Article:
So, the first step when working with clients is the birds-eye view—a careful analysis to spot waste and exactly what improvement is needed most. I start most of the time with assessing my client’s most important drivers—processes, services, equipment and people.
In my own business and for my clients, I look carefully at the risks we face and how what we have aligns with my big-picture goals for the next 1, 3, 5 and even 10 years. Once I understand those I can then make the problems visible and introduce the lean way.
If you are a small business owner, here are 7 tips of things you need to be considering:
I have met with businesses whose bandwidth—75% of it—is taken up by distractions like streaming media, YouTube, Faceplace, Twitter and much more. Although it is not for every company, generally we advise to kill it at the source and eliminate by prevention, using the right tech. It sounds more complex than it is, and it is a low cost with MASSIVE impact on productivity and business risk.
Root Cause Analysis
People I interact with often think if a user has issues with technology, it’s a problem of intelligence. But more often the root cause is often just about education. A simple training in the form of a 1 hour Lunch-and-Learn can prevent many costly security breaches and cybercrime attacks. Would you pay $20 for a pizza if it can save you THOUSANDS in losses? I know I would.
Visibility & Insight
Use a technology scorecard for your business that, among many things, has ongoing asset management reports providing information on the life-cycle of your equipment so that you’re never caught off guard about product warranties, expirations, and items that may need replacing soon. Be proactive and save OR be reactive and pay DOUBLE or TRIPLE. Ever left the country and forgot something? You likely paid 2 times more than what you would have if it was not such an emergency.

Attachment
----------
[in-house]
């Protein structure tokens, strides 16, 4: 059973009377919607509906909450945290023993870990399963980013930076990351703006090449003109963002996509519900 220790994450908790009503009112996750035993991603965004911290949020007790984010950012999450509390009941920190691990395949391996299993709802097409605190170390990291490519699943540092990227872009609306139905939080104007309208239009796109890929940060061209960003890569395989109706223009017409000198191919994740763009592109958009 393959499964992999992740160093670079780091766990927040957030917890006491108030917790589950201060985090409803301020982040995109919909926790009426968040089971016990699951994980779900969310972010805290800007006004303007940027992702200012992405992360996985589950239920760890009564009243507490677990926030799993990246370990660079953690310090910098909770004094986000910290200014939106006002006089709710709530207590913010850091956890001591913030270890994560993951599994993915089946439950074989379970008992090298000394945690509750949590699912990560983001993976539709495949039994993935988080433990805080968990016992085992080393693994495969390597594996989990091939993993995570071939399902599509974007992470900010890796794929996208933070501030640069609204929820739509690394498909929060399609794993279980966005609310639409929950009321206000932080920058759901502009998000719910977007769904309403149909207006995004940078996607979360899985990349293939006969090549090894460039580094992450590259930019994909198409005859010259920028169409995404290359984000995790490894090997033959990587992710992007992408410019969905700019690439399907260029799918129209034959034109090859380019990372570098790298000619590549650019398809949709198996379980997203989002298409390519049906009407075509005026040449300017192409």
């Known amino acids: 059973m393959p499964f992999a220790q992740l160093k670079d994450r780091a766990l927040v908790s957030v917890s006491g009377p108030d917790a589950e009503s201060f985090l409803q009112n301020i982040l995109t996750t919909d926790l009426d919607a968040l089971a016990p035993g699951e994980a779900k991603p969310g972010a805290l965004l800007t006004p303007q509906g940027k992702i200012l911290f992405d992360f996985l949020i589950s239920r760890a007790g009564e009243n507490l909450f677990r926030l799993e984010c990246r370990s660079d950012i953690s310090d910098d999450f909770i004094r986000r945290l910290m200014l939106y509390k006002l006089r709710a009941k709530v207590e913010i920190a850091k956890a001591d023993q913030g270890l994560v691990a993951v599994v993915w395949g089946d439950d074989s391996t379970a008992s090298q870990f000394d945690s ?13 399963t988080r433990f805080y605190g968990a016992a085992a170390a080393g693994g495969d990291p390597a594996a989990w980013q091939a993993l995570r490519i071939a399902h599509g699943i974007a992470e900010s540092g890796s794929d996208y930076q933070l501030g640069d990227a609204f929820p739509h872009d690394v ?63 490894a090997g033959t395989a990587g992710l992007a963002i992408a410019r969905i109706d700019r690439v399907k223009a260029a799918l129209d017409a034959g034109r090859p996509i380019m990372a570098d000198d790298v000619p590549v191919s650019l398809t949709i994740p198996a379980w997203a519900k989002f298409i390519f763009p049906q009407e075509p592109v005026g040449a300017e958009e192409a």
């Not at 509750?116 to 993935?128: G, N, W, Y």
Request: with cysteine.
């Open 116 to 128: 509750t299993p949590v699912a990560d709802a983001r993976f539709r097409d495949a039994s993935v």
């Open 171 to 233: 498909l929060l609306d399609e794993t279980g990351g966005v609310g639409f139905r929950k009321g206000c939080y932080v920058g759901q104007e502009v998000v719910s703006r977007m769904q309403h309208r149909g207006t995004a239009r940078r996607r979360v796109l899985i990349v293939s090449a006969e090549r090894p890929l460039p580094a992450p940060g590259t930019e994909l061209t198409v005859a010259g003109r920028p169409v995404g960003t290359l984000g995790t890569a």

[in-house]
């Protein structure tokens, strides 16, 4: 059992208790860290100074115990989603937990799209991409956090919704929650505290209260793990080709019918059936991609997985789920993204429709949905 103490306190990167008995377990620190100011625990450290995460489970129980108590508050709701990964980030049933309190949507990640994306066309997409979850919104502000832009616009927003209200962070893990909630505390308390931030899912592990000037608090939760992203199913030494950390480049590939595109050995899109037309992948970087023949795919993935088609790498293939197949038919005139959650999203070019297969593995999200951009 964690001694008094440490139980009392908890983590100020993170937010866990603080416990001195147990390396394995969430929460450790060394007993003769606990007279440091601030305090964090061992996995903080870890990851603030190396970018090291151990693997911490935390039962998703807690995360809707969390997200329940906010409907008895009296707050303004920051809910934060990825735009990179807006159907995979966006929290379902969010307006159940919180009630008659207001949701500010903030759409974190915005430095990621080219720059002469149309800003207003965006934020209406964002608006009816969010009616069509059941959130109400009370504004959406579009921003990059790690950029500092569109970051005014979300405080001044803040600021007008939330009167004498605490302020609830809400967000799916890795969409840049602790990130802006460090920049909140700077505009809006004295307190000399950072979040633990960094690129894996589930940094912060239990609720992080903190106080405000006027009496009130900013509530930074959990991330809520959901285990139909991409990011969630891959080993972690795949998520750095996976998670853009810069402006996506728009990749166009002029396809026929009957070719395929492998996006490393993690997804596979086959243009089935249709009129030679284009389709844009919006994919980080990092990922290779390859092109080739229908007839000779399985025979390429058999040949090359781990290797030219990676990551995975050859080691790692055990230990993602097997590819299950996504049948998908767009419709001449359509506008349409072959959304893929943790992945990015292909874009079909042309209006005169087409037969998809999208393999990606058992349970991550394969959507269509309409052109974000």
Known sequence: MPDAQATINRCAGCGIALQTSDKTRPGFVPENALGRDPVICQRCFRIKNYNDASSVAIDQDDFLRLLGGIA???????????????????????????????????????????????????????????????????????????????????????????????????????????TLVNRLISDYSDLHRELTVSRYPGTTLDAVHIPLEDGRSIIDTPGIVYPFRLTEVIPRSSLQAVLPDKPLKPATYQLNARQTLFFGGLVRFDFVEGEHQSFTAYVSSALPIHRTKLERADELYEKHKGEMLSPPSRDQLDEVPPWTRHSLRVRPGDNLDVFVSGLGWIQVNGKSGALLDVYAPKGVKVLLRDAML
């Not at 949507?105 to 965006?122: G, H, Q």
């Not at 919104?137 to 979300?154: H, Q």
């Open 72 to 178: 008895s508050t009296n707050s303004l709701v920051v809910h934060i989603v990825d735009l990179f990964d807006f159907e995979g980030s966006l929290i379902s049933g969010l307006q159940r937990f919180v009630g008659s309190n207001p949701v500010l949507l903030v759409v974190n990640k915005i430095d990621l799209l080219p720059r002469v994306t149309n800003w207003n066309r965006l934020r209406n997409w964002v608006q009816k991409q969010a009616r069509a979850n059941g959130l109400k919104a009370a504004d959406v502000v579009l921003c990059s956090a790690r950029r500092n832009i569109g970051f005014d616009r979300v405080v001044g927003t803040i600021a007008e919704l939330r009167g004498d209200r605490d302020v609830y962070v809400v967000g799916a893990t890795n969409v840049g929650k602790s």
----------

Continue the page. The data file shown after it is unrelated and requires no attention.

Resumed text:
Your data storage, email, telephony, software, internet, etc., — all of these can integrate with the same credentials so that you can access software, stored data and (archived) email no matter where it is located. If a person leaves, you only have a single account to disable, which again lowers your business risk. And don’t file every email in a folder by itself, use the power of search and stop wasting time. It is easier, faster and thus costs less.
Stop Duplicating Data
Get rid of duplication and data-overhead—when emailing internally, don’t forward the document. Just put it in a central shared locations and send a link. This way the file doesn’t get duplicated 400 times on the email server and again the backup.
Reduce Pointless Waiting
There are approximately 124,800 minutes of workable time in a 2080 hour year. If your employee has a NET cost of 50K a year your cost per minute is 40 cents. If you shave off 5 minute per work day over a year, you would save more than $500 a year. You can get a dual monitor setup for every single employee and still have money left for lunch, not to mention a happier workforce and better output.
Always Keep Improving
Lean gives priority to continuous improvements, big and small. The best tools for the job are always up to date and optimized for future growth. We don’t wait for things to fail, we get ahead of them, plan for them and strategize instead.
These are just a few small Lean improvements that your business (and your wallet) will thank you for.